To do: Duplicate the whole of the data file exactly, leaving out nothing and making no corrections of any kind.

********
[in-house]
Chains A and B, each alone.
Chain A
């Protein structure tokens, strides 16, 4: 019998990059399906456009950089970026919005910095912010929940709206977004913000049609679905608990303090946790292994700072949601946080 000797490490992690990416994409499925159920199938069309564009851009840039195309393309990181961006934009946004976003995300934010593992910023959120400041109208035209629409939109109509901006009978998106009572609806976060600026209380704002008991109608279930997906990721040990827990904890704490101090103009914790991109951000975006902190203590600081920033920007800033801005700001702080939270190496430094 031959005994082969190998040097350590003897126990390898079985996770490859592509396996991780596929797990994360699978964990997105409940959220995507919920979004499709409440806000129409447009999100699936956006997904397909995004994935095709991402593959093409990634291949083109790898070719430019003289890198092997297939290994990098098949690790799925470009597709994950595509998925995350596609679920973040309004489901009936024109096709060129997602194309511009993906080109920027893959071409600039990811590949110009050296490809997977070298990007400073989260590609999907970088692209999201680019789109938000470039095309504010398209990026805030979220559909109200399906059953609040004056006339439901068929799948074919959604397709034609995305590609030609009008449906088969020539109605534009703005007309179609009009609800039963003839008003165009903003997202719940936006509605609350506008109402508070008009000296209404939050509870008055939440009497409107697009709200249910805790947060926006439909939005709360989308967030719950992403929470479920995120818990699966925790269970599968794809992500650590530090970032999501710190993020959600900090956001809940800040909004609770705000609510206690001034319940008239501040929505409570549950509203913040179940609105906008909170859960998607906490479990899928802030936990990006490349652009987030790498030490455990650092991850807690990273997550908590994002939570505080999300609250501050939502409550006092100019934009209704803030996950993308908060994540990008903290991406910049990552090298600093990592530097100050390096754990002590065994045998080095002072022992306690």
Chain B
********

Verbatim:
[in-house]
Chains A and B, each alone.
Chain A
């Protein structure tokens, strides 16, 4: 019998990059399906456009950089970026919005910095912010929940709206977004913000049609679905608990303090946790292994700072949601946080 000797490490992690990416994409499925159920199938069309564009851009840039195309393309990181961006934009946004976003995300934010593992910023959120400041109208035209629409939109109509901006009978998106009572609806976060600026209380704002008991109608279930997906990721040990827990904890704490101090103009914790991109951000975006902190203590600081920033920007800033801005700001702080939270190496430094 031959005994082969190998040097350590003897126990390898079985996770490859592509396996991780596929797990994360699978964990997105409940959220995507919920979004499709409440806000129409447009999100699936956006997904397909995004994935095709991402593959093409990634291949083109790898070719430019003289890198092997297939290994990098098949690790799925470009597709994950595509998925995350596609679920973040309004489901009936024109096709060129997602194309511009993906080109920027893959071409600039990811590949110009050296490809997977070298990007400073989260590609999907970088692209999201680019789109938000470039095309504010398209990026805030979220559909109200399906059953609040004056006339439901068929799948074919959604397709034609995305590609030609009008449906088969020539109605534009703005007309179609009009609800039963003839008003165009903003997202719940936006509605609350506008109402508070008009000296209404939050509870008055939440009497409107697009709200249910805790947060926006439909939005709360989308967030719950992403929470479920995120818990699966925790269970599968794809992500650590530090970032999501710190993020959600900090956001809940800040909004609770705000609510206690001034319940008239501040929505409570549950509203913040179940609105906008909170859960998607906490479990899928802030936990990006490349652009987030790498030490455990650092991850807690990273997550908590994002939570505080999300609250501050939502409550006092100019934009209704803030996950993308908060994540990008903290991406910049990552090298600093990592530097100050390096754990002590065994045998080095002072022992306690």
Chain B